"Donetsk has without a question been the lowest point of my career. I remember flying back to Tallinn and at the airport taking off my team Estonia jacket, trying not to get noticed and head straight for my dad's car. I wasn't sure if I wanted to be part of playing for the national team again as it was all so unprofessional. That was the low point of Estonian hockey and also the low point for myself as I'd played a terrible tournament, but if there are no bad times, then you can not cherish the good times," said Koitmaa. 

Deciding, however, to stay put, his hockey odyssey continued with a string of moves abroad. He was combining hockey with studies in Great Britain and upon his graduation, he widened his scope with a move to Dunedin Thunder in New Zealand. In Oceania, he also started to coach goalies and it gave him a new lease of life in hockey which coincided with a steady upturn in fortunes of Estonian hockey. With Koitmaa's hometown of Tallinn now hosting the 2019 Division IB this spring, he clearly feels there is a feel-good factor within Estonian hockey.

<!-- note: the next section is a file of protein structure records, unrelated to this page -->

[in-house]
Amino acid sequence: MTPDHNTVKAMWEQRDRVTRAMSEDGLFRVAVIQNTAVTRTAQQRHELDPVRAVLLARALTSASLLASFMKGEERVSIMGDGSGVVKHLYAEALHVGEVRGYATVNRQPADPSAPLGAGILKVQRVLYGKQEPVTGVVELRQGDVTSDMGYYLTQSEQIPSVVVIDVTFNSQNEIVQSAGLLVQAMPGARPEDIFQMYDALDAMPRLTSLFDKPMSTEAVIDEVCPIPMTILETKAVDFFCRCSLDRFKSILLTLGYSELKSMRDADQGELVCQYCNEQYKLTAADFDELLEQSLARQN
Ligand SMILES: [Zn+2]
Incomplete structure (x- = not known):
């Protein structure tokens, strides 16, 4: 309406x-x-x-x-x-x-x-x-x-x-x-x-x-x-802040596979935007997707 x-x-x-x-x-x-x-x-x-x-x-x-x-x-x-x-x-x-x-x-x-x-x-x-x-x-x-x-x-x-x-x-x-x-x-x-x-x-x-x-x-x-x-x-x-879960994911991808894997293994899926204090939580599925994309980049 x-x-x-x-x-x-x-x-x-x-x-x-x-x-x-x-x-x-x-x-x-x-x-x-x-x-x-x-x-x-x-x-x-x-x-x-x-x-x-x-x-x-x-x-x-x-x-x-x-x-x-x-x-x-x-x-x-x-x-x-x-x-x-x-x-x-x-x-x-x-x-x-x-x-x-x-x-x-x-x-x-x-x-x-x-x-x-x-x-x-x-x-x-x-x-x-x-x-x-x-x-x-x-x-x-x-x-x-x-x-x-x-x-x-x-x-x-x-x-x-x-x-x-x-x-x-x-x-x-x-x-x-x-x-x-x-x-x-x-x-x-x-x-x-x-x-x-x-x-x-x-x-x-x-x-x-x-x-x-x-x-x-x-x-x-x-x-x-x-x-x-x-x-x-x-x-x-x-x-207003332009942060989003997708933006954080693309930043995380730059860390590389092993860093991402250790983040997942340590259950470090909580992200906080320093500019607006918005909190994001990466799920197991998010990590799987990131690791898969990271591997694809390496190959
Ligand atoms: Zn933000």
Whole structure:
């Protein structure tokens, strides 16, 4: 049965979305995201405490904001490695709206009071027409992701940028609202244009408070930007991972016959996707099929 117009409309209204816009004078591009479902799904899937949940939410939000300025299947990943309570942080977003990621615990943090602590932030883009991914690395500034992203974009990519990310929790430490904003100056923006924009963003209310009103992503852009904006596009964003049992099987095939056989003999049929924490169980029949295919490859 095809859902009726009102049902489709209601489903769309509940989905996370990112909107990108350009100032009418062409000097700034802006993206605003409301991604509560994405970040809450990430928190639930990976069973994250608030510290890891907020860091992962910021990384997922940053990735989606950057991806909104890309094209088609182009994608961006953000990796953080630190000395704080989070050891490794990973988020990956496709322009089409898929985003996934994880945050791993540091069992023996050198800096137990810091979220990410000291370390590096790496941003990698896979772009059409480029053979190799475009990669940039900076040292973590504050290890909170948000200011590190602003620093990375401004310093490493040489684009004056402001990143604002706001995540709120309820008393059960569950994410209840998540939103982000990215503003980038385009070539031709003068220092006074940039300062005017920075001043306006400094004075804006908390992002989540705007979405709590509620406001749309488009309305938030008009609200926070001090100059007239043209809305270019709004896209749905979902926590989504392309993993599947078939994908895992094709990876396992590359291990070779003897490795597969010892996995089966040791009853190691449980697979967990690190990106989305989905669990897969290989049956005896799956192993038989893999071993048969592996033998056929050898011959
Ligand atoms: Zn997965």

"Now it is the highest it has ever been and we are on the right path, starting from the President of the Estonian Ice Hockey Association, Rauno Parras to our General manager Juri Rooba and to our coaching staff. Everyone is involved to try and make Estonian hockey better, so it is great to be a part of it," said Koitmaa, who could not hide his excitement of this season's World Championship being played in his home city between 28 April to 4 May 2019.

"I've played both under-18 and U20 World Championships in Estonia, and I've won gold at the 2010 World Championships Division 2A which was moved from Tallinn to Narva at the last minute. But apart from playing, my best memory comes from Tallinn from when I was 15 and I watched the national team play at the world championship in Saku Suurhall. I remember looking at our goalie Aleksei Terentjev in action and thinking 'Wow, he is the man!'. Now I might be getting the same opportunity so it is going to be a great memory," said Koitmaa. 

"I think the best way is just to approach each moment as it comes and not think about the big picture. So for me it's stopping puck after puck, save after save and then at the end of the season we'll see. Now I am trying not to overthink and I am enjoying every minute of it."